WASHINGTON (November 7, 2012)--The 2012 election laid bare a dual and dueling nation, jaggedly split down the middle on the presidency and torn over much else politically.
Americans retained the fractious balance of power in re-electing President Barack Obama, a Republican House and a Democratic Senate, altogether serving as guarantors of the gridlock that voters say they despise.
Slender percentages separated winner and loser from battleground to battleground, and people in exit polls said yea and nay in roughly equal measure to some of the big issues of the day.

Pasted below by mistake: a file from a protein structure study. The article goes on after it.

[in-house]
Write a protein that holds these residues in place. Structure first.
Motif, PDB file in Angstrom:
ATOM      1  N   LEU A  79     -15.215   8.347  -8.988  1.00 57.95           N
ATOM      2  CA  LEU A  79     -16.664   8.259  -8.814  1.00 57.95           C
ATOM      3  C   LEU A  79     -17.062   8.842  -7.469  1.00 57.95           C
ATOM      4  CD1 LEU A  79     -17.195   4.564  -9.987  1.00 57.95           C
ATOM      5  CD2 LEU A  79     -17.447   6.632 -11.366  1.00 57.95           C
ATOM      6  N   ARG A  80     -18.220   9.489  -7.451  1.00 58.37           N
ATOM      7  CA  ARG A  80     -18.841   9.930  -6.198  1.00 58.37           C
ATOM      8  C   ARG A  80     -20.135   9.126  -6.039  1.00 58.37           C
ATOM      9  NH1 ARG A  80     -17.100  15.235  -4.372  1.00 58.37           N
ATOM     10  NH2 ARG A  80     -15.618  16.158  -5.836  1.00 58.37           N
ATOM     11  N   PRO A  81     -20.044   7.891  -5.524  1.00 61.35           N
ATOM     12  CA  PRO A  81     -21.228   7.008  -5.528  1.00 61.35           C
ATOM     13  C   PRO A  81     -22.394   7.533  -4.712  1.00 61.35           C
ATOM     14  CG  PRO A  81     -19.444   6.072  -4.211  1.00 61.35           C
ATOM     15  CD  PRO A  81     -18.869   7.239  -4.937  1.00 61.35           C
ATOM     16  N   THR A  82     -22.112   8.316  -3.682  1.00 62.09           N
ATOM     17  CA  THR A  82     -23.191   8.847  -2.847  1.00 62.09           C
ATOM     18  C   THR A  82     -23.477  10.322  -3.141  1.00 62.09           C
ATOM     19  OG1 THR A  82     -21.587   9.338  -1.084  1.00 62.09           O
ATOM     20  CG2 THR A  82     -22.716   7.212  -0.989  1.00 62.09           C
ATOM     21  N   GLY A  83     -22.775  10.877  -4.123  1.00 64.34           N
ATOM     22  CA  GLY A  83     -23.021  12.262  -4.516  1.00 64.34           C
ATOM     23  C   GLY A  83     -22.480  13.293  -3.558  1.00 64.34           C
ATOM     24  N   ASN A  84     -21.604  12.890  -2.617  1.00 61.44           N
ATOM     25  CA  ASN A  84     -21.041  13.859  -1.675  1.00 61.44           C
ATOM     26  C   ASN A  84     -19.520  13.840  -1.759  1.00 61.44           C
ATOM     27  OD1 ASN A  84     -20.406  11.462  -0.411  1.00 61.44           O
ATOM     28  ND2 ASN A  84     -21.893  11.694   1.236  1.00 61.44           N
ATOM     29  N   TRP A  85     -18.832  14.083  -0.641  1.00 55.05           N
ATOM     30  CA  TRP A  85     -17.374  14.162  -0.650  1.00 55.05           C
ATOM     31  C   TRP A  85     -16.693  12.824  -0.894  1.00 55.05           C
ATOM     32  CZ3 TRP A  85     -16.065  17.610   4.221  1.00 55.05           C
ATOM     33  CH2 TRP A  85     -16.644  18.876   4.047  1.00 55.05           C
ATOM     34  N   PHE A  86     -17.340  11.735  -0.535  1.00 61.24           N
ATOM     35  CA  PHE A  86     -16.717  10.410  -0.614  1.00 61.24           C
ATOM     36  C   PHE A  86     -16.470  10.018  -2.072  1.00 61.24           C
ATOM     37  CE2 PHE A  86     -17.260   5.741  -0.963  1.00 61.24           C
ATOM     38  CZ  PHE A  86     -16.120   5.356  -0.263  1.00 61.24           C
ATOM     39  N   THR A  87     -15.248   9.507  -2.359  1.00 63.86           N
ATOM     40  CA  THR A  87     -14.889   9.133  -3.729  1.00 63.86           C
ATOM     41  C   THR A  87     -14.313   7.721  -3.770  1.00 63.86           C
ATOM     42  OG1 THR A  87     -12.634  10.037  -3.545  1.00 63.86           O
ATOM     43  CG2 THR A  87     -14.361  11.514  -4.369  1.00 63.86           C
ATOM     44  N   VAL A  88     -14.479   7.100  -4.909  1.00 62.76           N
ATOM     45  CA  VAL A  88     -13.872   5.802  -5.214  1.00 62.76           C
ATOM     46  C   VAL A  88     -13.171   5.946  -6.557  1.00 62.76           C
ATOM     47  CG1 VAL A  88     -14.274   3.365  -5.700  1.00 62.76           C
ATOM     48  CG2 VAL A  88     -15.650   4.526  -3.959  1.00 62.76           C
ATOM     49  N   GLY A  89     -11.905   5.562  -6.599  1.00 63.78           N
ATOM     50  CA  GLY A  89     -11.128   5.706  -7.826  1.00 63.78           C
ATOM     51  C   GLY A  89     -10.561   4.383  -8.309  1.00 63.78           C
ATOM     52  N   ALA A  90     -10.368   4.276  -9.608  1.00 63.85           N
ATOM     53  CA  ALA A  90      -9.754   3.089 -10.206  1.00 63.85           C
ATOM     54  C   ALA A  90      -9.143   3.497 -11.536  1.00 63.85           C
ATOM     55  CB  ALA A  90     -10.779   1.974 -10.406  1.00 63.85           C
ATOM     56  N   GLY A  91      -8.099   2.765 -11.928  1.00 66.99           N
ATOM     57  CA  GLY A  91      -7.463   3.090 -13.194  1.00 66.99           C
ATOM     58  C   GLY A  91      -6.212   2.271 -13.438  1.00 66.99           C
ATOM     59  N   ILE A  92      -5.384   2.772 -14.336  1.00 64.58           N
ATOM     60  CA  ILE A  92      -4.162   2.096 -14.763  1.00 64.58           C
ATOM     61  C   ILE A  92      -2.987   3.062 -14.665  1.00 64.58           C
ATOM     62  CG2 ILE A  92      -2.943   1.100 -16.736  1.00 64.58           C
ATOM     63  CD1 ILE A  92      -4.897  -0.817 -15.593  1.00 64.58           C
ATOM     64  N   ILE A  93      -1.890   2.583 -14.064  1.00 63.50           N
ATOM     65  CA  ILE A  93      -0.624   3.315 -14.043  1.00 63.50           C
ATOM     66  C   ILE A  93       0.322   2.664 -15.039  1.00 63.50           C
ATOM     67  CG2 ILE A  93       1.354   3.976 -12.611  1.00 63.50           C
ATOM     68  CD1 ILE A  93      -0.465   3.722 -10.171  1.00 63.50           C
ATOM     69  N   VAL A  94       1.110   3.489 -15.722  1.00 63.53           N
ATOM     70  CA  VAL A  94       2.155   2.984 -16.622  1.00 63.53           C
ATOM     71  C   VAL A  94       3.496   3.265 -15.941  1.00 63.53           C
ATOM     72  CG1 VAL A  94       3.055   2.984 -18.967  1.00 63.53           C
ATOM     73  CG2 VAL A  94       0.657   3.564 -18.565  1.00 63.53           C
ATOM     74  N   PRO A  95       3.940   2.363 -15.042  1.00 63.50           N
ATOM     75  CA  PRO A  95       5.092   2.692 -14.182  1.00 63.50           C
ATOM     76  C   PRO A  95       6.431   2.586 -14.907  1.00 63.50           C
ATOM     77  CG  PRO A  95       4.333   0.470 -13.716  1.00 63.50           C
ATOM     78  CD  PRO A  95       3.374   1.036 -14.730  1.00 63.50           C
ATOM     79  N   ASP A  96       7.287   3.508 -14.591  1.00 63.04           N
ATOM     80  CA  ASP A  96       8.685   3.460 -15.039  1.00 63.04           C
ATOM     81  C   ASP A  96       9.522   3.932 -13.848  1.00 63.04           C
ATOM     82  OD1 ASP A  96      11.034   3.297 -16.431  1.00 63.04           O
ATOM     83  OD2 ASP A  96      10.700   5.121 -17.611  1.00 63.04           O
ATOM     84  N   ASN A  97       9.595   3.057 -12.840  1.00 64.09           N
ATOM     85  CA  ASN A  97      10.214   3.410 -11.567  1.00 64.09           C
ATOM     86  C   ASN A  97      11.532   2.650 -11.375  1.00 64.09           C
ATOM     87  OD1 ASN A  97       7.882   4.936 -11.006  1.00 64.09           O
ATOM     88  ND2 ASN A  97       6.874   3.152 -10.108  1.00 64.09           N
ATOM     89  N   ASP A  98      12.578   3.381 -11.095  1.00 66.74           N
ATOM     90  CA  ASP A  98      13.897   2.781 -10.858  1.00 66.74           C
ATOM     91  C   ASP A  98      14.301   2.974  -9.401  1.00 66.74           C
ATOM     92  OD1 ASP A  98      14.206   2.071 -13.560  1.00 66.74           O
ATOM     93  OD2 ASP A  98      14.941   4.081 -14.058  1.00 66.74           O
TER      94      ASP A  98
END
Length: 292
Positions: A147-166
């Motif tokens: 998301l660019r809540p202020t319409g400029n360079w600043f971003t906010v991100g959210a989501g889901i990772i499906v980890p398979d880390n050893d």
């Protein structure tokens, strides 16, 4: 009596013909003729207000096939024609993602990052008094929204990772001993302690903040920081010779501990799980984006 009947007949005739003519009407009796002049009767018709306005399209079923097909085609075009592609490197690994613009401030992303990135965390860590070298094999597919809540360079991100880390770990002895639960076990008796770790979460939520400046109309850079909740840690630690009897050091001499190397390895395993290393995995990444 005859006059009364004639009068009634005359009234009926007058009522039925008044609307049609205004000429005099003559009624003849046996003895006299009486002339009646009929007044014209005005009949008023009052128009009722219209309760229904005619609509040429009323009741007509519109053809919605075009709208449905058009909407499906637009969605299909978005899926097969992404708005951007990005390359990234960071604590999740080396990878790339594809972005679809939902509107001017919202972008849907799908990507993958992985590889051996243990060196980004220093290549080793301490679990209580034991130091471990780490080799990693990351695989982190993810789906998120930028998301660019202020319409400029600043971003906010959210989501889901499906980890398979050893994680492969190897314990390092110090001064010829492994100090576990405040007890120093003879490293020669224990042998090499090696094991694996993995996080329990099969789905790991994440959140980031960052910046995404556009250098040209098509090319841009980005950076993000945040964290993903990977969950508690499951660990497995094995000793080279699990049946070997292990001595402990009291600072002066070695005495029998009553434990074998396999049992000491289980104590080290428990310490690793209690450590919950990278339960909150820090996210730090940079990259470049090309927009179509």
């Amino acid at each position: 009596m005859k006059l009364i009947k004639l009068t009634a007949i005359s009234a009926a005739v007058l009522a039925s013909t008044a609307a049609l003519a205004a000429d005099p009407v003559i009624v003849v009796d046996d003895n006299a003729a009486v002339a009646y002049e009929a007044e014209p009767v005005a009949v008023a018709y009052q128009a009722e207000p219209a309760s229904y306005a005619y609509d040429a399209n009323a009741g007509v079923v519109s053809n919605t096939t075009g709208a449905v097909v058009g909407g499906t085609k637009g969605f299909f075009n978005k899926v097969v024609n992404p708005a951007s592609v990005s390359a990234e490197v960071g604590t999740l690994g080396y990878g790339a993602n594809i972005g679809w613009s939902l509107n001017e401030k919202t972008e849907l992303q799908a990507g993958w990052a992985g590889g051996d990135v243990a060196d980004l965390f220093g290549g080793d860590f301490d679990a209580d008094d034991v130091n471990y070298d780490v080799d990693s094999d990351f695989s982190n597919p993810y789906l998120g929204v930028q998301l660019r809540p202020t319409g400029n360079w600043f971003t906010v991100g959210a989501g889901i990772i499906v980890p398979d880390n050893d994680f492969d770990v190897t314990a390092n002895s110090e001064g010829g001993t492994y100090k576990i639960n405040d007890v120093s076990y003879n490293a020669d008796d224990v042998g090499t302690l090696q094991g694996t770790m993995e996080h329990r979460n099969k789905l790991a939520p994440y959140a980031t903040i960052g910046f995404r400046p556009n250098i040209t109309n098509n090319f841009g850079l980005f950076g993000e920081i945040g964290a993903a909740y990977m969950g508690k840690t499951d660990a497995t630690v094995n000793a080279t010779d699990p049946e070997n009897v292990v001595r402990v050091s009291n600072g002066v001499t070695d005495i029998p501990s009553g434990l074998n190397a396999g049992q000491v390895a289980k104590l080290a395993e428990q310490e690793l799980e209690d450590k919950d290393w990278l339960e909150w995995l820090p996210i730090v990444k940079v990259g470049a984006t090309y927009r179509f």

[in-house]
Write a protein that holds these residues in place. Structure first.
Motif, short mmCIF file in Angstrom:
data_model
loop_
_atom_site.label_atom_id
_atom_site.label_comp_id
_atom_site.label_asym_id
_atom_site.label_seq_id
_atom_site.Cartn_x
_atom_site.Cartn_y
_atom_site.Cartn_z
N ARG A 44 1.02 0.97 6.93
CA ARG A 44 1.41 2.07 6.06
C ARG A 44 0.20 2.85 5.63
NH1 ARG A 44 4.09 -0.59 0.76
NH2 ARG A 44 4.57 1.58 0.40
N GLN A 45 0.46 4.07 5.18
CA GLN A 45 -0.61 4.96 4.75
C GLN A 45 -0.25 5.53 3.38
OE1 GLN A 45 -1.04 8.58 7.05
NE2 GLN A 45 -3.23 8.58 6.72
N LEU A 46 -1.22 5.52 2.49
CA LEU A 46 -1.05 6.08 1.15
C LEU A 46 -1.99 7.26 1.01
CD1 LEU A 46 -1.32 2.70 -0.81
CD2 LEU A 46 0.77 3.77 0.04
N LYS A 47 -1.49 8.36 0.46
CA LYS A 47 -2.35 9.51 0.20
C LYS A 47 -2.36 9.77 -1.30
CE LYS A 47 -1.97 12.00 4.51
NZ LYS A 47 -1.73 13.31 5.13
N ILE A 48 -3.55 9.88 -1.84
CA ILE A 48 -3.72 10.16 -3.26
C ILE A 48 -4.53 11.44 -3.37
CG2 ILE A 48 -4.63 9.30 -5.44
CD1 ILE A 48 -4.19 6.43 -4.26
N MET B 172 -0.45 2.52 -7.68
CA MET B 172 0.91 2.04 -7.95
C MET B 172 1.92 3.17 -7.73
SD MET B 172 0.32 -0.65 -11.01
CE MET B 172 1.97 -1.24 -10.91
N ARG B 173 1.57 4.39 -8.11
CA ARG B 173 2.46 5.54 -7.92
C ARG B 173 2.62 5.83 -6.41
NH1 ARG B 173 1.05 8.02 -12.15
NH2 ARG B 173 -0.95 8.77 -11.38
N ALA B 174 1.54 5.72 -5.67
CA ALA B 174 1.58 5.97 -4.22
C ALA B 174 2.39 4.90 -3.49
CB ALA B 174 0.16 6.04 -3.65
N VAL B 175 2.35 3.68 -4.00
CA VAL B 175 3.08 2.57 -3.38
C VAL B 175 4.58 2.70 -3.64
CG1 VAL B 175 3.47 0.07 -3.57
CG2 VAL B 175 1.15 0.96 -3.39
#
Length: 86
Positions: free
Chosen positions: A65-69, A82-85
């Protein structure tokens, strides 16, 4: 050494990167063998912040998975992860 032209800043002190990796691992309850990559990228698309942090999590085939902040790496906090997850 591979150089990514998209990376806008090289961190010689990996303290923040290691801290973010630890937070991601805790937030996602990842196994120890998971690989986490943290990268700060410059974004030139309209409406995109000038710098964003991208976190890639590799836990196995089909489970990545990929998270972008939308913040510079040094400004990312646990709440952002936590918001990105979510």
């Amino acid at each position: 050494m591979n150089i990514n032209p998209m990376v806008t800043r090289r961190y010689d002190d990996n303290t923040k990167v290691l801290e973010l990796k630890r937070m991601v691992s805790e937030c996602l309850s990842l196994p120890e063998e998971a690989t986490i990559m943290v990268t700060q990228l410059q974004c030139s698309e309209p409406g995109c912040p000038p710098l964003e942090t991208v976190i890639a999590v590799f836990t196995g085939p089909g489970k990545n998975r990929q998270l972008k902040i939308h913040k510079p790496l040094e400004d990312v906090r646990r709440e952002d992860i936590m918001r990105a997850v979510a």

Democrats were ebullient and, after a campaign notable for its raw smack-downs, words of conciliation and healing were coming from leaders on both sides, starting with the plea from defeated Republican rival Mitt Romney that his supporters pray for the president.
But Mr. Obama's assertion Wednesday morning that America is "more than a collection of red states and blue states" was more of an aspiration than a snapshot of where the country stands after the most ideologically polarized election in years.